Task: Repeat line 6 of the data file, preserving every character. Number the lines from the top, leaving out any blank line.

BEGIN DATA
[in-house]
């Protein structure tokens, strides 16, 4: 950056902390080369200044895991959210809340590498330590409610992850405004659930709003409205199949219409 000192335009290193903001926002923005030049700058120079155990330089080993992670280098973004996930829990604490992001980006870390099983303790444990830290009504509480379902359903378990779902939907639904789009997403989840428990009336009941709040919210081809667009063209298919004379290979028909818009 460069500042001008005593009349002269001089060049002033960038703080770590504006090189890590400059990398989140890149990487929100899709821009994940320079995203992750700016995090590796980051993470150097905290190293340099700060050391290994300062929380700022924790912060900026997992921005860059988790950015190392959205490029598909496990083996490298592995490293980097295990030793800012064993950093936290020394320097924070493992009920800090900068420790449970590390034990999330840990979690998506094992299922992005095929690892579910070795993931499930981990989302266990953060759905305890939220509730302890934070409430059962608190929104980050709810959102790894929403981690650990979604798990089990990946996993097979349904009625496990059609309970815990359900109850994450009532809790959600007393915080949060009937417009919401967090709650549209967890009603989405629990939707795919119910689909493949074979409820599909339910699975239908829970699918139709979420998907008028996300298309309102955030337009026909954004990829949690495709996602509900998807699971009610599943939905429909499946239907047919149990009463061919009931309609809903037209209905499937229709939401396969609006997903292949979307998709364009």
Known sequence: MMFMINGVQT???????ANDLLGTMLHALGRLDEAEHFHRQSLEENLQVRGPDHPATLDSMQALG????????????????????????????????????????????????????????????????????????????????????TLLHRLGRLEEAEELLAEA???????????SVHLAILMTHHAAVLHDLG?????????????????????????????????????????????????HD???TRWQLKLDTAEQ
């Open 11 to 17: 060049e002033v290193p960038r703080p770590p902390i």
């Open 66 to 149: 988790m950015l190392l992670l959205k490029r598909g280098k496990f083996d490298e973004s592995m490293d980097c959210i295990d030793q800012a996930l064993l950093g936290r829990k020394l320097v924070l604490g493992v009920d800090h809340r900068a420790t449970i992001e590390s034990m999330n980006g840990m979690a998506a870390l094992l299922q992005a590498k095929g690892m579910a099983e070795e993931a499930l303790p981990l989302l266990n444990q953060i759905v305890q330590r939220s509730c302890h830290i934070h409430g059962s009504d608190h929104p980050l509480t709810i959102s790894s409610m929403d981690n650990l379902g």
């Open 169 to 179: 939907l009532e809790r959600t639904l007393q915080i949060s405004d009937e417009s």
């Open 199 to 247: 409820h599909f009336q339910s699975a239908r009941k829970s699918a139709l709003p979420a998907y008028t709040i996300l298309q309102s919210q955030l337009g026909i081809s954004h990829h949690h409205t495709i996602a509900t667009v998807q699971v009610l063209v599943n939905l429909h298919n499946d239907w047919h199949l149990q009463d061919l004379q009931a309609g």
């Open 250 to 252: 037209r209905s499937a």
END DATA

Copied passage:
């Open 169 to 179: 939907l009532e809790r959600t639904l007393q915080i949060s405004d009937e417009s």